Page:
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Chairmen of health institutions seek resolution of doctors’ strike


The Forum of Chairmen of Health Institutions in Nigeria (FCHIN) has charged the Federal Government and National Association of Resident Doctors (NARD) to reach a compromise on the ongoing strike in the interest of Nigerians.

Chairman of the Forum, Dr. Sam Jaja, who led the leadership to a meeting with Minister of Labour and Employment, Dr. Chris Ngige in Abuja, said the forum chose a four-pronged approach to resolve the dispute, and frowned at the frequent resort to strike by doctors.

Jaja said: “… All hope was that at last week’s meeting, where all affiliates of the Nigerian Medical Association (NMA) except NARD signed the MOU would resolve the strike. We feel so concerned the strike hasn’t been called off.


“Strike should be the last resort, when every other effort has been exhausted in terms of finding solution to whatever the problem is. But for any little thing, you resort to disruption of services. This does not portray the country in good light. It doesn’t also portray the profession in good light, most especially a profession that has to do with preservation of human lives.

“It makes doctors insensitive and that is not right. For whatever reason, I think we should nip it in the bud. That is what we as a Forum are in for. We need to find solution to this. It is not good for us and it is not good for them. I bet that as you are solving this problem, others are warming up to start theirs. We can’t allow them to continue. We must find a permanent solution…”

Responding, Ngige again faulted the ongoing strike, describing it as unjustifiable and unwarranted, even as he said implementation of the MOU signed on August 21 with doctors was on course.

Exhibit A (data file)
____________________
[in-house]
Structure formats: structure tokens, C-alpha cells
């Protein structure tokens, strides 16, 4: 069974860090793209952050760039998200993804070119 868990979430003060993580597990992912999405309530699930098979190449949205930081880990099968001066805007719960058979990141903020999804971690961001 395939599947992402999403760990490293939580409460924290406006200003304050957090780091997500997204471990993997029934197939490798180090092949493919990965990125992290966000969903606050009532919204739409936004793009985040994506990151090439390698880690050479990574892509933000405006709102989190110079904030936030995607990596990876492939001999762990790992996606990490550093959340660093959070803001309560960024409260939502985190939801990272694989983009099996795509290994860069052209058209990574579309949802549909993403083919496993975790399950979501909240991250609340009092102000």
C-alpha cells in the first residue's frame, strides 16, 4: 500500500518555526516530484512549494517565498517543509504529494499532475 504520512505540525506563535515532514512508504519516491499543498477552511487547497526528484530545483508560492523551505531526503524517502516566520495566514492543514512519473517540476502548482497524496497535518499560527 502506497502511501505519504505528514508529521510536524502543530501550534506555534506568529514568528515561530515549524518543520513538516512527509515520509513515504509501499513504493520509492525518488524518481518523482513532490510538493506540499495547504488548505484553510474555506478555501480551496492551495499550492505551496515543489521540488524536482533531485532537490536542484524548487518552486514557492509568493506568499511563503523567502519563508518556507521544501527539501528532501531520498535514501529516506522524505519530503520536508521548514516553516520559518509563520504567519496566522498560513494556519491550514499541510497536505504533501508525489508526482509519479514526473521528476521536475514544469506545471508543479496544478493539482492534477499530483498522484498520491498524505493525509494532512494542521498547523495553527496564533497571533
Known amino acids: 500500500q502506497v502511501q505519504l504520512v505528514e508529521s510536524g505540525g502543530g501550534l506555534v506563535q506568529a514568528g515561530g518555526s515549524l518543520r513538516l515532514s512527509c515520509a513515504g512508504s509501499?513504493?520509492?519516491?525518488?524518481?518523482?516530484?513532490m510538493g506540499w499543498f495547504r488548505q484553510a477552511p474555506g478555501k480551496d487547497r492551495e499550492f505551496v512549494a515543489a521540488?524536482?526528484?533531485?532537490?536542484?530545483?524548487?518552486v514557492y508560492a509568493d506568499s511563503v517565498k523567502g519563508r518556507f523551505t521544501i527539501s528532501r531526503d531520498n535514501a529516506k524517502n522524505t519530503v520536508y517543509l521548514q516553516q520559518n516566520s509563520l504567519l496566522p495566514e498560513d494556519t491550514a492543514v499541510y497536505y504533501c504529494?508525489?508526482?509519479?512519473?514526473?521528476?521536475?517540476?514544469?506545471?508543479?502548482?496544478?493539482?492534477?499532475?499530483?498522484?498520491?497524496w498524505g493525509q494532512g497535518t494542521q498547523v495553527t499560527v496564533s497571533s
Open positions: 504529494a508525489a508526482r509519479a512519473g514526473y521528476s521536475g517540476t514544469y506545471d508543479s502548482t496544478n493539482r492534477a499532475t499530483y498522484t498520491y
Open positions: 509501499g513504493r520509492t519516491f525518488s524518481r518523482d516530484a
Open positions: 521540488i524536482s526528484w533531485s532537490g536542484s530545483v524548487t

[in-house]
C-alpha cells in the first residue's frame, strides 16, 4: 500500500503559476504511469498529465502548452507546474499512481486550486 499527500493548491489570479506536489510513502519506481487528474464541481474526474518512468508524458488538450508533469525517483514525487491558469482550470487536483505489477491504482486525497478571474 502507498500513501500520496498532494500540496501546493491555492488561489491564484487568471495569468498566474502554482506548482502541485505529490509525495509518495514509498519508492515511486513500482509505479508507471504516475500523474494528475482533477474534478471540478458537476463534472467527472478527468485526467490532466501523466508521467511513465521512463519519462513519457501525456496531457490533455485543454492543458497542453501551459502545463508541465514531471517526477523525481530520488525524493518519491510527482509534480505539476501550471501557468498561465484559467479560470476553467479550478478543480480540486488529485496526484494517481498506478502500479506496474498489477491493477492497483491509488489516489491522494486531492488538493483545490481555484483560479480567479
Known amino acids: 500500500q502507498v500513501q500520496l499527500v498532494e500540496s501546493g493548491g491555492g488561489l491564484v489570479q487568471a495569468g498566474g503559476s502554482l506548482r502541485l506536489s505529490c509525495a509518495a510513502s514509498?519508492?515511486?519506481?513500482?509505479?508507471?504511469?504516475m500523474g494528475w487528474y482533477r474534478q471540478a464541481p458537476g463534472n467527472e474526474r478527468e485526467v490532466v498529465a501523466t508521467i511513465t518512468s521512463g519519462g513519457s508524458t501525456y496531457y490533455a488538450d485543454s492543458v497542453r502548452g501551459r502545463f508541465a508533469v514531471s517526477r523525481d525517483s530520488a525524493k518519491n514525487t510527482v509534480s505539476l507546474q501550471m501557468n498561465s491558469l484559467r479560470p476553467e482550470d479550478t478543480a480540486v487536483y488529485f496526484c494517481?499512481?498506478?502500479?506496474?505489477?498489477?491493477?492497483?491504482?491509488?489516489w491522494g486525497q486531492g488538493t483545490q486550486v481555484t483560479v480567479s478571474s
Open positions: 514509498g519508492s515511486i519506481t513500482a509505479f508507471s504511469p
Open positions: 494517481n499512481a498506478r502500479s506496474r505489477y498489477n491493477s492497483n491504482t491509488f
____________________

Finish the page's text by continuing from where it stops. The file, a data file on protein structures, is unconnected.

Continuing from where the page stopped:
He said government has adopted a holistic approach to tackling the challenges in the health sector, noting that some of the issues in contention cut across sectors. He added that government bent backwards to improve the ease of practice of medicine in the country, despite dwindling resources.


He said: “The resident doctors are on the scheme of service against which obtained earlier. There was nothing like that when we started practice. Nigeria is also about the only country that has the Medical Residency Training Fund, backed up by an Act, Medical Residency Training Act, passed into law by this administration in 2018. Already, N4.8b is in 2021 Service Wide Vote for this – to cover exam fees, books, travel to exam centres and accommodation. We are battling to meet the timeline on this.

“Indeed, the Residency Training Fund for 2021 is a borrowed fund. It is part of the deficit budget funded by the World Bank and IMF. Now that the President has signed the law governing it, we can access this fund through the CBN and from there to the Federal Ministry of Finance, Budget Office and to the Accountant General of the Federation. But it is not what you achieve in a day. It takes sometime, but these young doctors will hear none of that…”

Ngige said all the issues contained in the MOU, ranging from arrears of consequential adjustment of the National Minimum Wage, Skipping Allowance and Bench fees, among others, have been successfully tackled at the August 20 and 21 meeting, and all NMA affiliates signed the MOU, with only NARD dissenting. The Minister urged officials in parent ministries of the unions in perennial strikes to sit up and effectively play their roles.


In this article:
Chris NgigeFCHINSam Jaja
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